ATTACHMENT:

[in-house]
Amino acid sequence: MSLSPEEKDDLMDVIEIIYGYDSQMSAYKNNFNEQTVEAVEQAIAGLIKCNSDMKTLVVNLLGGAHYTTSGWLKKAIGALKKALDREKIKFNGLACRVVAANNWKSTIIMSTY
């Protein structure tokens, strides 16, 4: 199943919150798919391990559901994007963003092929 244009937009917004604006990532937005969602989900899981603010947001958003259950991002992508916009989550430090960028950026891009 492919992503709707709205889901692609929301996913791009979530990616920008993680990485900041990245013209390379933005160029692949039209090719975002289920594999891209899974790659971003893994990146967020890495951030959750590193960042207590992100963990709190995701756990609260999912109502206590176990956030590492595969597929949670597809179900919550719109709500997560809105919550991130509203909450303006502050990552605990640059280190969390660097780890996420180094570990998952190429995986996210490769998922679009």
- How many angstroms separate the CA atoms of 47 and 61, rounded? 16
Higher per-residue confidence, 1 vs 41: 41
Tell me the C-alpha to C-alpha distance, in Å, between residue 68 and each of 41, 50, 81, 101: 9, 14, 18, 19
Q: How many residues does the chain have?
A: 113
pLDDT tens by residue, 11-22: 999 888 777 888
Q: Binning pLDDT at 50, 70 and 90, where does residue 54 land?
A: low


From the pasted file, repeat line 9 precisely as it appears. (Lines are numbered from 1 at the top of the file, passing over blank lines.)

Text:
pLDDT tens by residue, 11-22: 999 888 777 888